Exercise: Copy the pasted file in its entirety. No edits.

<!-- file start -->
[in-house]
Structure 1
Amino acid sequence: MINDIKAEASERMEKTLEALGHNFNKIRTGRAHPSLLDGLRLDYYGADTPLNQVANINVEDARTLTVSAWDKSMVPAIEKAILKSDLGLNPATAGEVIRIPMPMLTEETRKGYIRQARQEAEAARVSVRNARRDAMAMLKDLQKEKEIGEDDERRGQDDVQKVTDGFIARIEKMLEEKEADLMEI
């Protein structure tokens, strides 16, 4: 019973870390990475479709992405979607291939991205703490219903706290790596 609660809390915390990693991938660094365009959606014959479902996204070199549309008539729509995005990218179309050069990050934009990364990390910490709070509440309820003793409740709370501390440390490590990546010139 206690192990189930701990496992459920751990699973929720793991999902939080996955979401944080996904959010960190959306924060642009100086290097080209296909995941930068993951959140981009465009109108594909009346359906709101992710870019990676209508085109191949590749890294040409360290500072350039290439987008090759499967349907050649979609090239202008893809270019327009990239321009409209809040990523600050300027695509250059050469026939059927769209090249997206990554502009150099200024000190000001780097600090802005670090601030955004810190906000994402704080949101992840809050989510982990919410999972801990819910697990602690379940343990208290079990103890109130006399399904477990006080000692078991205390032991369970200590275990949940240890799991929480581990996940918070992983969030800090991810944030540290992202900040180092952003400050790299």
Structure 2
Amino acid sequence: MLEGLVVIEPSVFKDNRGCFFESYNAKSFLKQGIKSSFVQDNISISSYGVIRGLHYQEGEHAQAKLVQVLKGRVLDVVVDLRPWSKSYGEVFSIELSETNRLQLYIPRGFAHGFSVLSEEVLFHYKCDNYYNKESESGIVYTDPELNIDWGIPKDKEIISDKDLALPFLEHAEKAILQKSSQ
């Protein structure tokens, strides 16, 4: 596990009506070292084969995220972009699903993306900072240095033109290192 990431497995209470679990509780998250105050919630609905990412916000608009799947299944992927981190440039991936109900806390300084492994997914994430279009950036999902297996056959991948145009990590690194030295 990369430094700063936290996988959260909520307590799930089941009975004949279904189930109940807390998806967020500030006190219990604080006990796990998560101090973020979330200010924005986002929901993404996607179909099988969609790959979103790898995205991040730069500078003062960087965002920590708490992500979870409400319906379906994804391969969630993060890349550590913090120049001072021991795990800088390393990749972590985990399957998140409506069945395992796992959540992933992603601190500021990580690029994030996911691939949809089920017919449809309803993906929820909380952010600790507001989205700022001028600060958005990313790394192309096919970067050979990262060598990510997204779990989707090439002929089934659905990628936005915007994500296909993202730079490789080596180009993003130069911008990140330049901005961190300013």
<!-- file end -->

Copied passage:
[in-house]
Structure 1
Amino acid sequence: MINDIKAEASERMEKTLEALGHNFNKIRTGRAHPSLLDGLRLDYYGADTPLNQVANINVEDARTLTVSAWDKSMVPAIEKAILKSDLGLNPATAGEVIRIPMPMLTEETRKGYIRQARQEAEAARVSVRNARRDAMAMLKDLQKEKEIGEDDERRGQDDVQKVTDGFIARIEKMLEEKEADLMEI
């Protein structure tokens, strides 16, 4: 019973870390990475479709992405979607291939991205703490219903706290790596 609660809390915390990693991938660094365009959606014959479902996204070199549309008539729509995005990218179309050069990050934009990364990390910490709070509440309820003793409740709370501390440390490590990546010139 206690192990189930701990496992459920751990699973929720793991999902939080996955979401944080996904959010960190959306924060642009100086290097080209296909995941930068993951959140981009465009109108594909009346359906709101992710870019990676209508085109191949590749890294040409360290500072350039290439987008090759499967349907050649979609090239202008893809270019327009990239321009409209809040990523600050300027695509250059050469026939059927769209090249997206990554502009150099200024000190000001780097600090802005670090601030955004810190906000994402704080949101992840809050989510982990919410999972801990819910697990602690379940343990208290079990103890109130006399399904477990006080000692078991205390032991369970200590275990949940240890799991929480581990996940918070992983969030800090991810944030540290992202900040180092952003400050790299």
Structure 2
Amino acid sequence: MLEGLVVIEPSVFKDNRGCFFESYNAKSFLKQGIKSSFVQDNISISSYGVIRGLHYQEGEHAQAKLVQVLKGRVLDVVVDLRPWSKSYGEVFSIELSETNRLQLYIPRGFAHGFSVLSEEVLFHYKCDNYYNKESESGIVYTDPELNIDWGIPKDKEIISDKDLALPFLEHAEKAILQKSSQ
């Protein structure tokens, strides 16, 4: 596990009506070292084969995220972009699903993306900072240095033109290192 990431497995209470679990509780998250105050919630609905990412916000608009799947299944992927981190440039991936109900806390300084492994997914994430279009950036999902297996056959991948145009990590690194030295 990369430094700063936290996988959260909520307590799930089941009975004949279904189930109940807390998806967020500030006190219990604080006990796990998560101090973020979330200010924005986002929901993404996607179909099988969609790959979103790898995205991040730069500078003062960087965002920590708490992500979870409400319906379906994804391969969630993060890349550590913090120049001072021991795990800088390393990749972590985990399957998140409506069945395992796992959540992933992603601190500021990580690029994030996911691939949809089920017919449809309803993906929820909380952010600790507001989205700022001028600060958005990313790394192309096919970067050979990262060598990510997204779990989707090439002929089934659905990628936005915007994500296909993202730079490789080596180009993003130069911008990140330049901005961190300013």